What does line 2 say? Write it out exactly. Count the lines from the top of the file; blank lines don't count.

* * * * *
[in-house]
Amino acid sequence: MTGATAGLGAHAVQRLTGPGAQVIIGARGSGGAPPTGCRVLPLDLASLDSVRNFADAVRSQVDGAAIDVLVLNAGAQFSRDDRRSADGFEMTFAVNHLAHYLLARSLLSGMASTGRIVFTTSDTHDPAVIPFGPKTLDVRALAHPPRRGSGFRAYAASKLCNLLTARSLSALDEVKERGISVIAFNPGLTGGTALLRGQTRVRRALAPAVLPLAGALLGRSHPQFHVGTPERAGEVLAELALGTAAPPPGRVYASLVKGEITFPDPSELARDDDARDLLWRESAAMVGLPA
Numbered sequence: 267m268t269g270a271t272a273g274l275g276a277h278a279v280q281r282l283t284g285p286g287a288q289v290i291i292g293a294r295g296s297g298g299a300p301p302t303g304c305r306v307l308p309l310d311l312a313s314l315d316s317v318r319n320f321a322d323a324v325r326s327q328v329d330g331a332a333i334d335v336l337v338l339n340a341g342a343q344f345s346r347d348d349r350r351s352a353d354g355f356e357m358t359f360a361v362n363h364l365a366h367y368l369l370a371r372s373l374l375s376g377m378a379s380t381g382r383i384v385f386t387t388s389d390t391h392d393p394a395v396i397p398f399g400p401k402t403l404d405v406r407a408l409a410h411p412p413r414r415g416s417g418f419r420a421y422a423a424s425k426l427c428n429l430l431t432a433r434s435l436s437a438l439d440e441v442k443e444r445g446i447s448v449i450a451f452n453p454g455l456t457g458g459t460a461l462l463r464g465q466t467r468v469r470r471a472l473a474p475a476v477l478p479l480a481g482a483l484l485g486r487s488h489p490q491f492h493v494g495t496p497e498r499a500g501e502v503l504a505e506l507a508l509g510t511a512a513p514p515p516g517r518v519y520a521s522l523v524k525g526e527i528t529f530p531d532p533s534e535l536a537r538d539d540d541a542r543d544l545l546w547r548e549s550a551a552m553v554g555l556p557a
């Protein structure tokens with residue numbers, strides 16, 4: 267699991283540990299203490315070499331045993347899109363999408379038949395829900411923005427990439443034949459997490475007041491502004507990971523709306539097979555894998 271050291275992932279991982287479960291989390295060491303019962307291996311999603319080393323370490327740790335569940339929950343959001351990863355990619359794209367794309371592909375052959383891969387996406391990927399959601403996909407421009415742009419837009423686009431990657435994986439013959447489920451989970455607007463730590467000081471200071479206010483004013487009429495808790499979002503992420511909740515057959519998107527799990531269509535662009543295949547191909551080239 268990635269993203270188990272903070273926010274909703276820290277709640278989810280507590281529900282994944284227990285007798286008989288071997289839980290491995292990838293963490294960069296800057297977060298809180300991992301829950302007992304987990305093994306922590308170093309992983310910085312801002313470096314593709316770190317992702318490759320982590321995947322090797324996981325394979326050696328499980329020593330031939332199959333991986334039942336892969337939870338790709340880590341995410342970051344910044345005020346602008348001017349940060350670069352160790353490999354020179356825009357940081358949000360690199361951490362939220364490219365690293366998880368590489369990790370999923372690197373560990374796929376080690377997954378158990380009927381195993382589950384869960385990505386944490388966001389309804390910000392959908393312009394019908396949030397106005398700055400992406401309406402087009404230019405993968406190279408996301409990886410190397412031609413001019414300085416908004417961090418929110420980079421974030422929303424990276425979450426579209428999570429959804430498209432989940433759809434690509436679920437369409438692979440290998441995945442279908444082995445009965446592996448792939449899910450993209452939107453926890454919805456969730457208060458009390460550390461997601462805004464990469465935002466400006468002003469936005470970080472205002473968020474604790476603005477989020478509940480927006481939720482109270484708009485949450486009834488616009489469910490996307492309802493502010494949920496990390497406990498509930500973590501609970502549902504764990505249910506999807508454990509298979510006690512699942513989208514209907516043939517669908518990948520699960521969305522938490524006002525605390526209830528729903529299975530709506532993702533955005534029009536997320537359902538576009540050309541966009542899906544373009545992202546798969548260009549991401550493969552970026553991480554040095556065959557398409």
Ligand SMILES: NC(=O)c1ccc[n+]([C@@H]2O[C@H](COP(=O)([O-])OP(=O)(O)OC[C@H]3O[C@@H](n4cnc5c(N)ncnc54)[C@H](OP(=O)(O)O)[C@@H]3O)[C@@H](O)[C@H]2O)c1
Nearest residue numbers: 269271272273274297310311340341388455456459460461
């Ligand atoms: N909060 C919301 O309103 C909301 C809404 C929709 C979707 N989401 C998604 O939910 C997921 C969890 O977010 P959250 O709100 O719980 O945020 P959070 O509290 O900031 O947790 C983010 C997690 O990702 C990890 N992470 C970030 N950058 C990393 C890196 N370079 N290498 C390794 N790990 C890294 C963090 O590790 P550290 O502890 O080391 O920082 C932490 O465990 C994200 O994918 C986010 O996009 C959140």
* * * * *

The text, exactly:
Amino acid sequence: MTGATAGLGAHAVQRLTGPGAQVIIGARGSGGAPPTGCRVLPLDLASLDSVRNFADAVRSQVDGAAIDVLVLNAGAQFSRDDRRSADGFEMTFAVNHLAHYLLARSLLSGMASTGRIVFTTSDTHDPAVIPFGPKTLDVRALAHPPRRGSGFRAYAASKLCNLLTARSLSALDEVKERGISVIAFNPGLTGGTALLRGQTRVRRALAPAVLPLAGALLGRSHPQFHVGTPERAGEVLAELALGTAAPPPGRVYASLVKGEITFPDPSELARDDDARDLLWRESAAMVGLPA